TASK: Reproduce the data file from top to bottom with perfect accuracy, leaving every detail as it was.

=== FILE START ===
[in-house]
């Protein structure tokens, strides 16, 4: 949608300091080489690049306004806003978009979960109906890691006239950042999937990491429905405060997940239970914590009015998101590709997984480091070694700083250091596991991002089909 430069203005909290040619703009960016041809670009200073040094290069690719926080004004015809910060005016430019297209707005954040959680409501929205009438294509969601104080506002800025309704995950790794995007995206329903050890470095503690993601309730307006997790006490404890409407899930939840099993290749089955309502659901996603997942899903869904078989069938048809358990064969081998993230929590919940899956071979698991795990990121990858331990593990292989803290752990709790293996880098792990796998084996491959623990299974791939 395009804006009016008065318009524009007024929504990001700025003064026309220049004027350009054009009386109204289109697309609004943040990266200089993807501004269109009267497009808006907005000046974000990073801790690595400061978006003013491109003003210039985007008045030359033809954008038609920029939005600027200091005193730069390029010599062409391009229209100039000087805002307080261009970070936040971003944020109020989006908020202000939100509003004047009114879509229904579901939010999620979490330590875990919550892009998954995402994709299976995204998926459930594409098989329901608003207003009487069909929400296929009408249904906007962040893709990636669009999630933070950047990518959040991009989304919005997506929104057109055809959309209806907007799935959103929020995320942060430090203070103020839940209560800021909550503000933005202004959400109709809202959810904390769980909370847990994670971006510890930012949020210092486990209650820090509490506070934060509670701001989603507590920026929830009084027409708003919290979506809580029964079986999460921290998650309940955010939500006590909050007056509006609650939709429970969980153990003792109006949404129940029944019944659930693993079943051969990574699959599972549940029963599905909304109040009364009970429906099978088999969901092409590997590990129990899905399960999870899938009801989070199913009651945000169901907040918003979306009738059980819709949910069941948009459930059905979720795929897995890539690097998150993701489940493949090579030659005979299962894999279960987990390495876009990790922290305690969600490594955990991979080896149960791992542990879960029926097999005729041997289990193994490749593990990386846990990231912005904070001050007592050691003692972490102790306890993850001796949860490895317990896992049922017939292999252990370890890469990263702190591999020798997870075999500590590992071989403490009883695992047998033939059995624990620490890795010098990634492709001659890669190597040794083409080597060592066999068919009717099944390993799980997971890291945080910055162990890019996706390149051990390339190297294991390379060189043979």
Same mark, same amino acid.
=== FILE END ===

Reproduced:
[in-house]
């Protein structure tokens, strides 16, 4: 949608300091080489690049306004806003978009979960109906890691006239950042999937990491429905405060997940239970914590009015998101590709997984480091070694700083250091596991991002089909 430069203005909290040619703009960016041809670009200073040094290069690719926080004004015809910060005016430019297209707005954040959680409501929205009438294509969601104080506002800025309704995950790794995007995206329903050890470095503690993601309730307006997790006490404890409407899930939840099993290749089955309502659901996603997942899903869904078989069938048809358990064969081998993230929590919940899956071979698991795990990121990858331990593990292989803290752990709790293996880098792990796998084996491959623990299974791939 395009804006009016008065318009524009007024929504990001700025003064026309220049004027350009054009009386109204289109697309609004943040990266200089993807501004269109009267497009808006907005000046974000990073801790690595400061978006003013491109003003210039985007008045030359033809954008038609920029939005600027200091005193730069390029010599062409391009229209100039000087805002307080261009970070936040971003944020109020989006908020202000939100509003004047009114879509229904579901939010999620979490330590875990919550892009998954995402994709299976995204998926459930594409098989329901608003207003009487069909929400296929009408249904906007962040893709990636669009999630933070950047990518959040991009989304919005997506929104057109055809959309209806907007799935959103929020995320942060430090203070103020839940209560800021909550503000933005202004959400109709809202959810904390769980909370847990994670971006510890930012949020210092486990209650820090509490506070934060509670701001989603507590920026929830009084027409708003919290979506809580029964079986999460921290998650309940955010939500006590909050007056509006609650939709429970969980153990003792109006949404129940029944019944659930693993079943051969990574699959599972549940029963599905909304109040009364009970429906099978088999969901092409590997590990129990899905399960999870899938009801989070199913009651945000169901907040918003979306009738059980819709949910069941948009459930059905979720795929897995890539690097998150993701489940493949090579030659005979299962894999279960987990390495876009990790922290305690969600490594955990991979080896149960791992542990879960029926097999005729041997289990193994490749593990990386846990990231912005904070001050007592050691003692972490102790306890993850001796949860490895317990896992049922017939292999252990370890890469990263702190591999020798997870075999500590590992071989403490009883695992047998033939059995624990620490890795010098990634492709001659890669190597040794083409080597060592066999068919009717099944390993799980997971890291945080910055162990890019996706390149051990390339190297294991390379060189043979």
Same mark, same amino acid.